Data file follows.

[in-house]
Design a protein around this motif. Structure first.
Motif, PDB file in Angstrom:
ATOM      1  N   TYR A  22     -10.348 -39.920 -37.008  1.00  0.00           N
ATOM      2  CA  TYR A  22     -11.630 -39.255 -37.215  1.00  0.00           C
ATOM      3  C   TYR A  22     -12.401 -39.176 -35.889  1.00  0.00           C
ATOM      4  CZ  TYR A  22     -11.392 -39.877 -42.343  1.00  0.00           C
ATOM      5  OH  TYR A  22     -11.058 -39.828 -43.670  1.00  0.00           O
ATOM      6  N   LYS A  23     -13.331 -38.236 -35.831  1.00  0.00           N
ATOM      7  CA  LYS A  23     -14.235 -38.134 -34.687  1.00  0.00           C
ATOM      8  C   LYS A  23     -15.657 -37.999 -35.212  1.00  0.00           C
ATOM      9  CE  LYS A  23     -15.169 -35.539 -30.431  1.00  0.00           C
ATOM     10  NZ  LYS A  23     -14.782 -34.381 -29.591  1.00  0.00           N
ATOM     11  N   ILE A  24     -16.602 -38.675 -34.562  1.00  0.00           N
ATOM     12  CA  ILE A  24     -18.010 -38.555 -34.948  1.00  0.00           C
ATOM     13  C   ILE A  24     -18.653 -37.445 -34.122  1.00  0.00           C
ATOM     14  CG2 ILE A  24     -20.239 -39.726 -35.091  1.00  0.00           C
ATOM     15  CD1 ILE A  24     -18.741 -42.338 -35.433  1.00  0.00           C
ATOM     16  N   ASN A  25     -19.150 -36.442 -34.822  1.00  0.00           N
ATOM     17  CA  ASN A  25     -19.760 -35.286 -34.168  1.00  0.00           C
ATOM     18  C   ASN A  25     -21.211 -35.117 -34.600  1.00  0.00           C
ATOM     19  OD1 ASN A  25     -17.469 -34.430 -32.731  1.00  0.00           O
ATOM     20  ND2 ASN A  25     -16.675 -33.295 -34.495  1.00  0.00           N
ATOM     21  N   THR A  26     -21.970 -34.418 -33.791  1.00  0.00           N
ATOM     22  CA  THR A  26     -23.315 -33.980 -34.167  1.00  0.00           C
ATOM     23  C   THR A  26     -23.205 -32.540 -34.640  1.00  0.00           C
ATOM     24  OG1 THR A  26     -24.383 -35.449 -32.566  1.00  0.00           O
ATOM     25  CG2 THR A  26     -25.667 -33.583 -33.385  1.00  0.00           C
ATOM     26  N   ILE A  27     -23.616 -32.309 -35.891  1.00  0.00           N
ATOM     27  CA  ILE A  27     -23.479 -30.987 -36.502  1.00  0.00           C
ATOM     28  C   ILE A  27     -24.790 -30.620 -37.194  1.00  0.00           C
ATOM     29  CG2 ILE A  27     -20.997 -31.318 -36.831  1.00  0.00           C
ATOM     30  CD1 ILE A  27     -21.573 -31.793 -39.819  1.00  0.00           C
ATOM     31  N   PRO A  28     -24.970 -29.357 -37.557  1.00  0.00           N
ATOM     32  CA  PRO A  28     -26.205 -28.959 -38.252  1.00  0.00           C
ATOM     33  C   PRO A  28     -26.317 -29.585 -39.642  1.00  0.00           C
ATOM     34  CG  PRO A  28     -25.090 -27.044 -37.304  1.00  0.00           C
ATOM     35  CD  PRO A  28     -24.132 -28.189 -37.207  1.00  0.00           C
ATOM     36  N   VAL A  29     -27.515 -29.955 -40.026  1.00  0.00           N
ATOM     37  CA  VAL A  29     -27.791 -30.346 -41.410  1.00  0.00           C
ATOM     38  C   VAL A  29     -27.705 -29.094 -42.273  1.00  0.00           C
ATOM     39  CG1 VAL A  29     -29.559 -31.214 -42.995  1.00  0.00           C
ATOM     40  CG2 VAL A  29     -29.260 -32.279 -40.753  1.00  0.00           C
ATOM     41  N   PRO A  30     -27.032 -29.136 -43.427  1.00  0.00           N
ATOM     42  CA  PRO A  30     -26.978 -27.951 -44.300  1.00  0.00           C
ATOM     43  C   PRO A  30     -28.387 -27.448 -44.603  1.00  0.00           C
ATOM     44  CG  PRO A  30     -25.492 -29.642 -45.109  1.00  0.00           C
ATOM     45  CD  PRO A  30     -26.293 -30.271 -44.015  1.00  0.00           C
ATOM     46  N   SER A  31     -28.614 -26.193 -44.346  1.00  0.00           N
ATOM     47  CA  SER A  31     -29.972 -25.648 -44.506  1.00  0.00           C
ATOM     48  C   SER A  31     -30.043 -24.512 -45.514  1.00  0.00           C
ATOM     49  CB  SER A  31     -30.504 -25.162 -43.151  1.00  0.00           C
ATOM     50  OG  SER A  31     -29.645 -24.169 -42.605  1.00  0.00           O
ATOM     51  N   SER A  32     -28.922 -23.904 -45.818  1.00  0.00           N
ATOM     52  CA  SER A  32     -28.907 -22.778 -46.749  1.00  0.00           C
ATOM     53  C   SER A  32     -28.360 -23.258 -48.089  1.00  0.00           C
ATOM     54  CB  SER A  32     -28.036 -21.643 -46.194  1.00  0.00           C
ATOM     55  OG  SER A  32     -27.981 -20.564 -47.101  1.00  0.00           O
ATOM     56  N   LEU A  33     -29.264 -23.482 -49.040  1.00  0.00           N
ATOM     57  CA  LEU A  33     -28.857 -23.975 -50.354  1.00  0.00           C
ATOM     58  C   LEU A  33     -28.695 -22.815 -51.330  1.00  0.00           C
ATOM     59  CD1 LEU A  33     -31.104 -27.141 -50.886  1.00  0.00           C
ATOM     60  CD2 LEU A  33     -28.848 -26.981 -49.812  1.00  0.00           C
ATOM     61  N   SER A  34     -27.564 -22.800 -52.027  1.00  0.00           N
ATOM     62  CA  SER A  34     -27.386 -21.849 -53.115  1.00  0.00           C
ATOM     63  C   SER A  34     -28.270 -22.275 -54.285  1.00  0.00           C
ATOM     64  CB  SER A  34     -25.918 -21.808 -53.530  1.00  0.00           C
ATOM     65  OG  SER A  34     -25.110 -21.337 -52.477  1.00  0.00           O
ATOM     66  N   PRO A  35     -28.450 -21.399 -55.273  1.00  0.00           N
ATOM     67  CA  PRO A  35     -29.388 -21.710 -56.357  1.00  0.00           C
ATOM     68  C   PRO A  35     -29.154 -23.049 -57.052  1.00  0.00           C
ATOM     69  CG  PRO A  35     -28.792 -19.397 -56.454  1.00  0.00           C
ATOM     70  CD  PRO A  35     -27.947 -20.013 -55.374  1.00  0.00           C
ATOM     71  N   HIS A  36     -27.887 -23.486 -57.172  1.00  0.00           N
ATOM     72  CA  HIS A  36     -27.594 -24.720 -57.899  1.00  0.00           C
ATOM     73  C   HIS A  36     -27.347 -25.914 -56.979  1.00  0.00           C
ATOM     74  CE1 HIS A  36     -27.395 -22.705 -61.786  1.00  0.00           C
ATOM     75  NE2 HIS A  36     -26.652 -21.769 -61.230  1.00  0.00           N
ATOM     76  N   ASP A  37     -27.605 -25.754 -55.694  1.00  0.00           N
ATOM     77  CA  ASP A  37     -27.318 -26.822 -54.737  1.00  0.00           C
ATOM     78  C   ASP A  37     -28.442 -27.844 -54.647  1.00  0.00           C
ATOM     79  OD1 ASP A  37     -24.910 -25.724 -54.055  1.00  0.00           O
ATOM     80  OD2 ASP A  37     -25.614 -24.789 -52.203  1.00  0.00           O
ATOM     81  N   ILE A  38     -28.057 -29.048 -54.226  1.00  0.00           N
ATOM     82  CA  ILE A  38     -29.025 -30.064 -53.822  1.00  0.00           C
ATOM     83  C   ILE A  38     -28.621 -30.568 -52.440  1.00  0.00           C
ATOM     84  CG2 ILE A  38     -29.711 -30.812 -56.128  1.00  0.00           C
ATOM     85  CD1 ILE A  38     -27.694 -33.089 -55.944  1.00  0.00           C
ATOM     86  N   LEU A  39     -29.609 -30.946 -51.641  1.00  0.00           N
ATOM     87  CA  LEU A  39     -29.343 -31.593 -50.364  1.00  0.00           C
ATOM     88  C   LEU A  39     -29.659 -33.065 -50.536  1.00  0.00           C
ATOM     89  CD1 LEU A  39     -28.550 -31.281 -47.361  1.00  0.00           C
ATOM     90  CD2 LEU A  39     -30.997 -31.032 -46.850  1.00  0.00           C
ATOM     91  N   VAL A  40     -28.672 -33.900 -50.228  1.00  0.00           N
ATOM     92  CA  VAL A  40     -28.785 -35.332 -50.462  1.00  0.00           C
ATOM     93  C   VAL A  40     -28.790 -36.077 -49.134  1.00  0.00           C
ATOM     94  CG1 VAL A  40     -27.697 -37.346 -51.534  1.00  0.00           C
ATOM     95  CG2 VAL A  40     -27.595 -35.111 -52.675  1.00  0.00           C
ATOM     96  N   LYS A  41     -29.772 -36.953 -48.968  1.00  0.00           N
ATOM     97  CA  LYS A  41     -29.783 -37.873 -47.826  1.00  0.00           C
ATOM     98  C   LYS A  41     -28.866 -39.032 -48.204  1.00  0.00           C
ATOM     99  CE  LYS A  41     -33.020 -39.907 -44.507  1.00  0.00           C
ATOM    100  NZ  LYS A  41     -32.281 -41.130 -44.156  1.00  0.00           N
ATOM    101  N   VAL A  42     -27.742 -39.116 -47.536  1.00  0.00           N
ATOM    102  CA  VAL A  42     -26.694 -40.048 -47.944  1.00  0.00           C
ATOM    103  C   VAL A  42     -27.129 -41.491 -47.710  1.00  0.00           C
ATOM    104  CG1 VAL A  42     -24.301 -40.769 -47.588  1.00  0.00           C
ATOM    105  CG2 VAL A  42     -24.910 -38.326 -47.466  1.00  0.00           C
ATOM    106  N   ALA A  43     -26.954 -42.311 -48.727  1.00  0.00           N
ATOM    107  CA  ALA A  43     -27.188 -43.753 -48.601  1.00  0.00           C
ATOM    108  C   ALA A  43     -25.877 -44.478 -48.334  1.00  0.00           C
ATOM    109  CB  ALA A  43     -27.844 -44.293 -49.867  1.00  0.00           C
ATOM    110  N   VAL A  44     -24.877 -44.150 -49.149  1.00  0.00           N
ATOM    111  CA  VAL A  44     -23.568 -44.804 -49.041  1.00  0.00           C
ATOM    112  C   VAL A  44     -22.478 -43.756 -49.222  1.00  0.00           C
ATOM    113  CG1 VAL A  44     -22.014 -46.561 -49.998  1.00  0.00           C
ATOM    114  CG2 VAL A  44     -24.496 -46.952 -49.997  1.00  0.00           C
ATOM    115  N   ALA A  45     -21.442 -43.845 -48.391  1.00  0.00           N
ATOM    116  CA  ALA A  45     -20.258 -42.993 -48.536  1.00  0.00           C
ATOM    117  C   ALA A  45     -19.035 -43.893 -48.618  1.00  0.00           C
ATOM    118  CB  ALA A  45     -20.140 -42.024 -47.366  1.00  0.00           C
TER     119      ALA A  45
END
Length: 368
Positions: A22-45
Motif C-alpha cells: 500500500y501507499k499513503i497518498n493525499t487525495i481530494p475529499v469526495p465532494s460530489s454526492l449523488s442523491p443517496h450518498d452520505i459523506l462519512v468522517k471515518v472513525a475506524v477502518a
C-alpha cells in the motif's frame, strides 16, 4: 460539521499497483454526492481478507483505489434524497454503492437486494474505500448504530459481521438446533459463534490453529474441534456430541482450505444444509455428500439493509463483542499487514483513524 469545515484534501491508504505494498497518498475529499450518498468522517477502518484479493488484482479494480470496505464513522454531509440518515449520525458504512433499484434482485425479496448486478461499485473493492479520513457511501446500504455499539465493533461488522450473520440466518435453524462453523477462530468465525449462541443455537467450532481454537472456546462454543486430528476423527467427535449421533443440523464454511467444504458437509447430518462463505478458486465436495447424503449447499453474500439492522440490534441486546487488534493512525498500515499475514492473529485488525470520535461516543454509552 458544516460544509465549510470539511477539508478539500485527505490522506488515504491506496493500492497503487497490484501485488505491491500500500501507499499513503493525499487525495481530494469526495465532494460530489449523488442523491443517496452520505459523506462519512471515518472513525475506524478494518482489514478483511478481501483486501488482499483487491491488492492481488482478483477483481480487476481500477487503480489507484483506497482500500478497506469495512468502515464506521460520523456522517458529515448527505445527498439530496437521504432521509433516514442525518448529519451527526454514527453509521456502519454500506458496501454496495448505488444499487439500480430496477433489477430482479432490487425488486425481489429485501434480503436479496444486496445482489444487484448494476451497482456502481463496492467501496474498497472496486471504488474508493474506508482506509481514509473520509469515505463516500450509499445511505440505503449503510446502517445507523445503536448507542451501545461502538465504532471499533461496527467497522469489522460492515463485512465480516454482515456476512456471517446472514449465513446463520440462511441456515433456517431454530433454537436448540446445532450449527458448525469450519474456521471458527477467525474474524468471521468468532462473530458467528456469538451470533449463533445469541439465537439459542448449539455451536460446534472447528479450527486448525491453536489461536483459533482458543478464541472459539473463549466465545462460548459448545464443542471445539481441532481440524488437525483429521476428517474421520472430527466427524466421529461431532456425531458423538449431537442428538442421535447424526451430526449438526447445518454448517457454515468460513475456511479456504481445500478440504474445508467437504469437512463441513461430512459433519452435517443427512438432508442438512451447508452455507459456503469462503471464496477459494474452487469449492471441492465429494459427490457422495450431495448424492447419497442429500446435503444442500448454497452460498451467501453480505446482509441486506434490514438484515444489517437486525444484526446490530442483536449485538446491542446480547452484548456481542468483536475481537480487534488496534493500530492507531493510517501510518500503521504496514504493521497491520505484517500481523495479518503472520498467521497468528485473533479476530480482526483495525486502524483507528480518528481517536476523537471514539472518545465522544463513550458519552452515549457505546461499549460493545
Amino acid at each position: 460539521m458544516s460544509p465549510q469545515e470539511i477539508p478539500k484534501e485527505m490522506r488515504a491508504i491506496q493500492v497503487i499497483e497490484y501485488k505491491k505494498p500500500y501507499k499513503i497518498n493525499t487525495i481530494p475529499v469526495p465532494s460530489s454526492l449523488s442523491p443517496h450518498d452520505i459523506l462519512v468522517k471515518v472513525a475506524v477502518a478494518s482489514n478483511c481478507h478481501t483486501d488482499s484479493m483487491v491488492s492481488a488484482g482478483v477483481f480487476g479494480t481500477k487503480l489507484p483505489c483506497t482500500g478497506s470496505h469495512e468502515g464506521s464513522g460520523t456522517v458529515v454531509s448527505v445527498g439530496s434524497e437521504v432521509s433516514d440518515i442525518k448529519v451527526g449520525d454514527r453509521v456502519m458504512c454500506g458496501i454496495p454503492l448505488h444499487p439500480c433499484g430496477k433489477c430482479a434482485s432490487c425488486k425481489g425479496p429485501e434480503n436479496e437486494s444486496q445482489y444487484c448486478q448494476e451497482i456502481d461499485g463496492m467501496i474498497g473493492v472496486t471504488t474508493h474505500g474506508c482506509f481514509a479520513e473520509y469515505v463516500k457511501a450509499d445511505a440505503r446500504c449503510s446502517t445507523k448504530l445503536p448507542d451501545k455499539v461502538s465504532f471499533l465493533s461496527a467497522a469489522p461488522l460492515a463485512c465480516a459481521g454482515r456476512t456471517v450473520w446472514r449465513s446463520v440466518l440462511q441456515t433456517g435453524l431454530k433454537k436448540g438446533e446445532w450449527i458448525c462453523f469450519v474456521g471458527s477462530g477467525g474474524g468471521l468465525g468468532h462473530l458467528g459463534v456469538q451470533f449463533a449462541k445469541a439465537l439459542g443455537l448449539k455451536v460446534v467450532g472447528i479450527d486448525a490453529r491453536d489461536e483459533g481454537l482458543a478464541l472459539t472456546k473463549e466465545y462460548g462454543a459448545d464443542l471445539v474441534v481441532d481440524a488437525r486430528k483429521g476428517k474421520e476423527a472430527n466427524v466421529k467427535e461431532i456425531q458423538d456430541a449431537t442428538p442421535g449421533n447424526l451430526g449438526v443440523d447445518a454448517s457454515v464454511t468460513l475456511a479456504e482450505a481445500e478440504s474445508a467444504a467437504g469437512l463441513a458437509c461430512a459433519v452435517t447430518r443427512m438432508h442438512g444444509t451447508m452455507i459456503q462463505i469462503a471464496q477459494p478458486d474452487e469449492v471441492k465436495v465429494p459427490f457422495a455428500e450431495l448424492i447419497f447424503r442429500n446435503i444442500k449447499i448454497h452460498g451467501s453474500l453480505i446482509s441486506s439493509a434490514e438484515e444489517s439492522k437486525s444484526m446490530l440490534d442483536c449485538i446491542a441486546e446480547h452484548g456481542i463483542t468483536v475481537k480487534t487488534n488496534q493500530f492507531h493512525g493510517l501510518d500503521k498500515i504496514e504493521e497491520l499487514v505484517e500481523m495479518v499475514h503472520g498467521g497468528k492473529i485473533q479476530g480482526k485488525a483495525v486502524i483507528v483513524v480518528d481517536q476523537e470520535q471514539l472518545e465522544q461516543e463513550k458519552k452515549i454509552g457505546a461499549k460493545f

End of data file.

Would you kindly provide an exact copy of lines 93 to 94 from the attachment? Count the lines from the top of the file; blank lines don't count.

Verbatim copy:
ATOM     90  CD2 LEU A  39     -30.997 -31.032 -46.850  1.00  0.00           C
ATOM     91  N   VAL A  40     -28.672 -33.900 -50.228  1.00  0.00           N